This isn’t trying to be pointed. Though, maybe it should be. And this isn’t trying to point fingers. Though, maybe it should. I write this because these experiences create a pattern within my own individual lived experience that mirrors a larger narrative which centers certain experiences while systematically deemphasizing other ones.  

If you are still reading this, then chances are that you know me. You know that when I say that I grew up Mennonite, I didn’t grow up Amish. I love being a Mennonite because I believe the theology of non-violence intertwined with an emphasis as Jesus as center mirrors Christ’s call to love neighbor and self and God. And, I fully enjoy and anticipate sitting around a table of good food with my neighbors.

But (and you knew it was coming), here is my critique. What do you do when your neighbors stop looking so much like your neighbor but an echo chamber? While I am confident that the increasingly (distressing/disturbing) trend of churches turning into echo chambers is not only limited to the Mennonite church, I am also confident that as a Mennonite committed to my neighbors, I have a responsibility to trouble the waters by noticing alienation and polarization within the Mennonite community and the systems in place which perpetuate cyclical motion. As a racial justice advocate, one of my practices is to pay attention to the following questions: Who benefits? Who is marginalized? What voices are missing? Who/(m)/what can I partner with in order to learn more? Is there a (local or national) group already doing this specific work? I do not do this perfectly. I need help to work towards sustainable, loving relationship. And, this requires intrinsic as well as extrinsic forces.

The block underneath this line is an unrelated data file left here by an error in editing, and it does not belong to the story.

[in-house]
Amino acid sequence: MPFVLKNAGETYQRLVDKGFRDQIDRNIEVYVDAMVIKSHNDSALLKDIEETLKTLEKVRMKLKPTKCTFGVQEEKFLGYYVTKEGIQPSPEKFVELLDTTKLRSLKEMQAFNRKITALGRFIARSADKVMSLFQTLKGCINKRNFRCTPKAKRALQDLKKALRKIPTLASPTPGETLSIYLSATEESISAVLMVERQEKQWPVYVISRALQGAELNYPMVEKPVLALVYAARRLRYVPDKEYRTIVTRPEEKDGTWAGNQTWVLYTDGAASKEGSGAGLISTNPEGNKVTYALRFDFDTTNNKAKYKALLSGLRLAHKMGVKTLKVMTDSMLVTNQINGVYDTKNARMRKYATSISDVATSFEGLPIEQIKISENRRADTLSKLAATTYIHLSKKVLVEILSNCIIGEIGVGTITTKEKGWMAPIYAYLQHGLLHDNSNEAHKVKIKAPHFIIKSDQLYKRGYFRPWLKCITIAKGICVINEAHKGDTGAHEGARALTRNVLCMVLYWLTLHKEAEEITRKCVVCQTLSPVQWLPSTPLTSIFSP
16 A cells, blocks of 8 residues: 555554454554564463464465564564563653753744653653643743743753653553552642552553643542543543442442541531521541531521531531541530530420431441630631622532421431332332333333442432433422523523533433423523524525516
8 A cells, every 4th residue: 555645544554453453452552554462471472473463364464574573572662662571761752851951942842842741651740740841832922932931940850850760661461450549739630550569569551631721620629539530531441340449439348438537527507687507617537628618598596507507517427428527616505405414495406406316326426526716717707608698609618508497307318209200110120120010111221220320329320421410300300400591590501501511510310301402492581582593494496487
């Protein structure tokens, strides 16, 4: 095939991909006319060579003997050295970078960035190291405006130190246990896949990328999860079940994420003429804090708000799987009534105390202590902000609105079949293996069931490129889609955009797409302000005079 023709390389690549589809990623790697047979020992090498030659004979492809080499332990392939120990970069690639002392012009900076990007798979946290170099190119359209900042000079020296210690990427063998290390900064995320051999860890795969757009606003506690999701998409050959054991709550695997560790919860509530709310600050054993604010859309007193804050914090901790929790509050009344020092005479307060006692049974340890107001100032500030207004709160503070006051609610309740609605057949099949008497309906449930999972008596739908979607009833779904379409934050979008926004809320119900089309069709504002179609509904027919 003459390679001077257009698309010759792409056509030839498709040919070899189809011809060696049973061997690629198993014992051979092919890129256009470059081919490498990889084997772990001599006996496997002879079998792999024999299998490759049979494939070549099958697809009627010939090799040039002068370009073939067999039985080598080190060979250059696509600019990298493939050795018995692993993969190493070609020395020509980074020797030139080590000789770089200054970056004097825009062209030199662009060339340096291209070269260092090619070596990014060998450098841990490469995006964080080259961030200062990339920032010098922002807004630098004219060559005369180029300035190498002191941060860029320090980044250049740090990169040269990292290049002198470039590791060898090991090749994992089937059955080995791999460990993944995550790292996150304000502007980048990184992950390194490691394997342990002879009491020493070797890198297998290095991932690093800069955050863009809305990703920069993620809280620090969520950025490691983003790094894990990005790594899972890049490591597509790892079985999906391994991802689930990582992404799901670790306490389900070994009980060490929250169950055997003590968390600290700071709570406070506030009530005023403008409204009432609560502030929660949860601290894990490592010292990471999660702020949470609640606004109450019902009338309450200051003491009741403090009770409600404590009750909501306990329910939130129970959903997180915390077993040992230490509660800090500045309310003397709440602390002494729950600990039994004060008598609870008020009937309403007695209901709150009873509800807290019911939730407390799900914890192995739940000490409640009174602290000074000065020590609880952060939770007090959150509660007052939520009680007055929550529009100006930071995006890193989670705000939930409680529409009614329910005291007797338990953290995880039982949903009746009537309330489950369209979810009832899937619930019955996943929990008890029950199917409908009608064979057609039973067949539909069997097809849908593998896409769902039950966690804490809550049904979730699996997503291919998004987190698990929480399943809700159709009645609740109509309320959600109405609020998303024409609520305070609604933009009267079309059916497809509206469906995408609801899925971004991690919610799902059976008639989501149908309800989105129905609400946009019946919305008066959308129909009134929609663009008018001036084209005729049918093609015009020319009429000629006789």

In the era of #metoo and Trump (though, really – I don’t believe that Trump is really the “cause” of racism…it’s been broiling under the surface for a very long time), Christians have a perfect opportunity to illustrate the power of Christ’s upside down kingdom. We have been formed for such a time as this in order to cultivate newness in a broken world. We have the power and authority to speak life into darkness, because our roots are firmly planted in the word of Jesus Christ and not in the sand. We have this power. But, we also have the power to choose how we will use our voices and our bodies. We have that choice. I am convinced that Christ enables us to speak truth to power, to clothe the refugee, to love radically and to find space for transformation over and over again.

In that spirit, I am rejoicing with the many women who have found bravely and courageously spoken out about sexual harassment/abuse in the #metoo movement. I must admit, I am still rather trepidatious about the movement’s impact…I believe it is critical that this movement proceeds carefully and judiciously rather than in insta-speed via the public court of opinions. In terms of longevity, I find myself asking: is there a sustainable commitment with a lasting strategy in place? What does the movement hope to accomplish? Can we realistically accomplish legal and ideological restructuring, and what do we need in order to begin the process? A movement this large requires visible figureheads; however, this can (and usually does, (#whataboutus)) cost valuable voices by displacing marginalized voices. It is important that this movement be intersectional and strategic.